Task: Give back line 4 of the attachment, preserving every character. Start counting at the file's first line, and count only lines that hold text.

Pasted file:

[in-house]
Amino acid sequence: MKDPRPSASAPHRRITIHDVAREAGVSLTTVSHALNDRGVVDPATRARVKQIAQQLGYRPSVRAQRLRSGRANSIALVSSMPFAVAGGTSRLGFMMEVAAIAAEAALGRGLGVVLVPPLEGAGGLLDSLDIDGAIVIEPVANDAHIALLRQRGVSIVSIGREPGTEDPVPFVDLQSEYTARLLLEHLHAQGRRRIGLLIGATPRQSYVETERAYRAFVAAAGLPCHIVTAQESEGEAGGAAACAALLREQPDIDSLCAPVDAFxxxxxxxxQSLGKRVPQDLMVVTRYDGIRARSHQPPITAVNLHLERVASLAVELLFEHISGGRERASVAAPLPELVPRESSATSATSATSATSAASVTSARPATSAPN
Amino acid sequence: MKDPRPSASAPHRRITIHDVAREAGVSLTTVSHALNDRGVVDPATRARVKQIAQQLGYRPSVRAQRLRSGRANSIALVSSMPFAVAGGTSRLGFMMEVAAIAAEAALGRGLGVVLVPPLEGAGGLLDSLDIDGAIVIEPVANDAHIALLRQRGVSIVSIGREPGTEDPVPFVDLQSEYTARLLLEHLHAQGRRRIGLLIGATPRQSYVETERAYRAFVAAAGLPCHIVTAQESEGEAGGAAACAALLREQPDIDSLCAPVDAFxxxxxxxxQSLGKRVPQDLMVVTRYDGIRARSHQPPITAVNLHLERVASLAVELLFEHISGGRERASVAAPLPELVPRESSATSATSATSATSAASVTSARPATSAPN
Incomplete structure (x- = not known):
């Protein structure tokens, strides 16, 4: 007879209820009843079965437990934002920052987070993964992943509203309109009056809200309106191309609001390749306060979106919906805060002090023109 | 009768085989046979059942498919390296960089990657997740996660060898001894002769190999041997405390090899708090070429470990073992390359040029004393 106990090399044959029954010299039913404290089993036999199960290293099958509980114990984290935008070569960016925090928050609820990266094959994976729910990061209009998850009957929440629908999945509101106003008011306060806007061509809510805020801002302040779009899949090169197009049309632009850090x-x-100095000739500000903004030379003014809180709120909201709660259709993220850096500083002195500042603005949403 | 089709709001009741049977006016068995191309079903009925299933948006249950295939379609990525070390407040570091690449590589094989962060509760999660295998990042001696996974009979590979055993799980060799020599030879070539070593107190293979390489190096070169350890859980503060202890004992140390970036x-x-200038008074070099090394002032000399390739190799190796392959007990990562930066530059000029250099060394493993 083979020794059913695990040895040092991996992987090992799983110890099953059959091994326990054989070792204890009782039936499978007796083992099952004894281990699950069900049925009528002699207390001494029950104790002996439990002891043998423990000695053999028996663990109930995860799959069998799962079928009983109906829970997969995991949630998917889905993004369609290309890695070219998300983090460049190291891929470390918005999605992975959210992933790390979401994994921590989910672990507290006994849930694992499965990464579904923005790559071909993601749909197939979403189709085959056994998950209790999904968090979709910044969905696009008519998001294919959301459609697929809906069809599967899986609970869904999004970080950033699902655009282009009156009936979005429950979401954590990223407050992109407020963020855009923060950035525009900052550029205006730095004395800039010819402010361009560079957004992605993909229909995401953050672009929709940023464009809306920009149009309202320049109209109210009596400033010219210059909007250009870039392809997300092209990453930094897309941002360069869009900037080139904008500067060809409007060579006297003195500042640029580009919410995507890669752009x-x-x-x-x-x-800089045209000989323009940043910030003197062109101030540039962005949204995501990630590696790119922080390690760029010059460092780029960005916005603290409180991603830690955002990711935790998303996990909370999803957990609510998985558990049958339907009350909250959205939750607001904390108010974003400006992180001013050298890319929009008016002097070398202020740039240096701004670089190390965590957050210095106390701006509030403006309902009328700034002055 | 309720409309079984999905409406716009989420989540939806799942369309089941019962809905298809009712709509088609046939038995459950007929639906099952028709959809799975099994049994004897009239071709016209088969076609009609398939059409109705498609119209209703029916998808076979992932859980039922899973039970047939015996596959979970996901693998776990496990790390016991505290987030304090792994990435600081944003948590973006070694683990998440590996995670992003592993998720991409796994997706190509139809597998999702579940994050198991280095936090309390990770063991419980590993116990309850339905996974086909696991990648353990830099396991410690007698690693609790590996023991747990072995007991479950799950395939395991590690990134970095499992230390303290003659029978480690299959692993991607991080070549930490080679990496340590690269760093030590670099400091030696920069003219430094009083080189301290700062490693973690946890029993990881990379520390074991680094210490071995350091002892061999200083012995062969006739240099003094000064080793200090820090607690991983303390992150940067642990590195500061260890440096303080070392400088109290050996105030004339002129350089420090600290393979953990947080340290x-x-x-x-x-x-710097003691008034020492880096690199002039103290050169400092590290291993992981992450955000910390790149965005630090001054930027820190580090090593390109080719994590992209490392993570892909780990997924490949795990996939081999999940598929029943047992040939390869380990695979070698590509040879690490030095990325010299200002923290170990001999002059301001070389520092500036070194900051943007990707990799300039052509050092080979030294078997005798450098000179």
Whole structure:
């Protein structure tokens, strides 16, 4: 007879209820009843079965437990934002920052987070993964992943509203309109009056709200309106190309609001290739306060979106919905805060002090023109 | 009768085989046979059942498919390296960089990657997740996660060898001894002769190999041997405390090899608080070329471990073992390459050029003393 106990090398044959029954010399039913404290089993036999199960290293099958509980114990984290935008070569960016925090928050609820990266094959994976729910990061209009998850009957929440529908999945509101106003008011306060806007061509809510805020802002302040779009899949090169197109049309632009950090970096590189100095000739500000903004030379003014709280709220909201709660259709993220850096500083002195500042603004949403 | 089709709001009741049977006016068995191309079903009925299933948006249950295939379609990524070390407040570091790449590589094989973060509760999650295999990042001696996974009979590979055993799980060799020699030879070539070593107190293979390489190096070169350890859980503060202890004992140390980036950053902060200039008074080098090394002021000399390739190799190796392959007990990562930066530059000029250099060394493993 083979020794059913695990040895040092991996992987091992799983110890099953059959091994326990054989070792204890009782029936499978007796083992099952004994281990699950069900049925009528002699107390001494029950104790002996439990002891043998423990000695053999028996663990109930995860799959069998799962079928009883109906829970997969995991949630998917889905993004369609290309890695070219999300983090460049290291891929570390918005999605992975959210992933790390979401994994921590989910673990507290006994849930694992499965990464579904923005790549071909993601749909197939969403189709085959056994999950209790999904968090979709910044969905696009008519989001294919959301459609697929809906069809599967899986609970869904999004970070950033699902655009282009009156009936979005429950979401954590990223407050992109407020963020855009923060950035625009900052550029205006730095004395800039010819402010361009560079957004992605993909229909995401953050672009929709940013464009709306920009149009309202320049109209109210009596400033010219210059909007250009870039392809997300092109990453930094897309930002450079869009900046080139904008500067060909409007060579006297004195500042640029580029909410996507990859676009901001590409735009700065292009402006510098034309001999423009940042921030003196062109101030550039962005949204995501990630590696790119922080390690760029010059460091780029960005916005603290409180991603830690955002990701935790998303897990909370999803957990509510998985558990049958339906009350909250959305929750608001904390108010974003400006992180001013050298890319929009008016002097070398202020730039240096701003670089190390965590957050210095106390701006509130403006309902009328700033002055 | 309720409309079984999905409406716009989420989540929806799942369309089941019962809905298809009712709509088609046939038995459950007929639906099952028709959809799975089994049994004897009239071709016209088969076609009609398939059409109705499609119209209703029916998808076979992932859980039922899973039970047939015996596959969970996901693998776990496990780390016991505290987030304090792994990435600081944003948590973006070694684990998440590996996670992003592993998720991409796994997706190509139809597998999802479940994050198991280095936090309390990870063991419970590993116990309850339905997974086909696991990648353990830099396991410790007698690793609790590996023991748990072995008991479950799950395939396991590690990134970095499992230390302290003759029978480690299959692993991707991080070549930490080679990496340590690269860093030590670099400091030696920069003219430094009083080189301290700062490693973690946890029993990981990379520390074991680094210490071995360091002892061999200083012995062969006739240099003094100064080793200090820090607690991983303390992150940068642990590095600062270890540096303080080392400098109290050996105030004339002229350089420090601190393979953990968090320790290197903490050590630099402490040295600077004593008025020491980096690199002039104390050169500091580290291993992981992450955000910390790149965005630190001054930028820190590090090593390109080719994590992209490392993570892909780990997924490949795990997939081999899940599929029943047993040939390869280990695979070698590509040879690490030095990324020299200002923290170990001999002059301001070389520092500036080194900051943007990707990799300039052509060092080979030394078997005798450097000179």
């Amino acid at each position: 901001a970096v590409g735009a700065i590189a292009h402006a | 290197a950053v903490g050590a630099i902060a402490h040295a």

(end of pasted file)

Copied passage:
Incomplete structure (x- = not known):